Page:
7-Children find the durations of events using both analogue and digital clocks. They should be given opportunities to practically work out durations of time using clocks with moveable hands. Number lines are also a useful model. Children explore the most efficient ways of breaking the time down in order to work out the duration. For example: half hours, quarter of an hour and five minutes,
8-Children compare durations of time using analogue and digital clocks. They could use empty number lines to model the situations as these will assist with bridging over hours.
They use their knowledge of addition and subtraction, and that there are 60 minutes in an hour, to compare the length of time taken by particular events or tasks.
9-Children find start and end times to the nearest minute using both analogue and digital times. They could use real clocks with moveable hands whilst learning how to add and subtract times, and then move to number lines to help calculate start and end times. Part-whole models could also be used to split longer intervals.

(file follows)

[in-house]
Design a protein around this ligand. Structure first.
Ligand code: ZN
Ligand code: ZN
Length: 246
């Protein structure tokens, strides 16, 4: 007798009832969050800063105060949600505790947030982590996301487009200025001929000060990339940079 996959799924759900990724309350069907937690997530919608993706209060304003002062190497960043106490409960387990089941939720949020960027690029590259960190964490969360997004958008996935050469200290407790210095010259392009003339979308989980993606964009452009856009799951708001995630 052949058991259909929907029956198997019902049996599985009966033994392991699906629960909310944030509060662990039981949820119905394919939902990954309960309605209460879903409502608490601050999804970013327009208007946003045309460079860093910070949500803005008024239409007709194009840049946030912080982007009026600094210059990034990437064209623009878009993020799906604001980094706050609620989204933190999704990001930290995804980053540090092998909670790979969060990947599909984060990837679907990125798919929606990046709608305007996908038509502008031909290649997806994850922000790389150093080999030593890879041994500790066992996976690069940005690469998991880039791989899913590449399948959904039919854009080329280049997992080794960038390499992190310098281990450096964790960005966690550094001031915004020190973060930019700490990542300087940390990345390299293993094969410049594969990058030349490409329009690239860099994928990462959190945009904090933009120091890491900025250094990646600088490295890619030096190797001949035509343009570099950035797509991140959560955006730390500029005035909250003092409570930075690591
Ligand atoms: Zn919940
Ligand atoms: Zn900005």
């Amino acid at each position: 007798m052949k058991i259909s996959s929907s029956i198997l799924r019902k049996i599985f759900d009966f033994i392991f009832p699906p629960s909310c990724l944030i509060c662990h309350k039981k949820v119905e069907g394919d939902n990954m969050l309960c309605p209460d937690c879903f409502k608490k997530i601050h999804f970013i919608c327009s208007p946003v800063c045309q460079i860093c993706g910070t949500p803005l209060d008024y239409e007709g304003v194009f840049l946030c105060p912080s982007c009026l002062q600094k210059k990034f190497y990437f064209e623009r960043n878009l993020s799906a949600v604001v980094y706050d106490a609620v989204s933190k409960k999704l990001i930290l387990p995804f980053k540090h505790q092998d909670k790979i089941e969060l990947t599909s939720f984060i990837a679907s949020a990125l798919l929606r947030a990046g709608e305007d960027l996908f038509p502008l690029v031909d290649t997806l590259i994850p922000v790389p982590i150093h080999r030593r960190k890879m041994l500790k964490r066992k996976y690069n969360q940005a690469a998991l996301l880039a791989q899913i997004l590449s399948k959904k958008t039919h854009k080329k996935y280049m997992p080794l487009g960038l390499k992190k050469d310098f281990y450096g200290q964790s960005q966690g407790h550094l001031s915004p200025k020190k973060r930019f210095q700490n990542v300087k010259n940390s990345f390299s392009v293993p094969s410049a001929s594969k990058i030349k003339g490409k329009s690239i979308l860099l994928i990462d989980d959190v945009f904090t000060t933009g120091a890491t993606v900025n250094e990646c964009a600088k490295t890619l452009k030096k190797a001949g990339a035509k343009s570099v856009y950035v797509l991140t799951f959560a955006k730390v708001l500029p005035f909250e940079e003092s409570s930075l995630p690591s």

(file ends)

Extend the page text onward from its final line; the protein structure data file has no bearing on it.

10-Children measure and compare durations of time in seconds. It is important for children to have a realistic sense of what time in seconds feels like, as they often count in seconds too quickly. They could use a stopwatch to compare, for example, counting to 10 seconds in their heads with the actual timed duration. They recognise that there are 60 seconds in one minute and use this to write durations of time in different ways e.g. 80 seconds is the same as 1 minute and 20 seconds.
Summer 1-Fractions (Unit 3)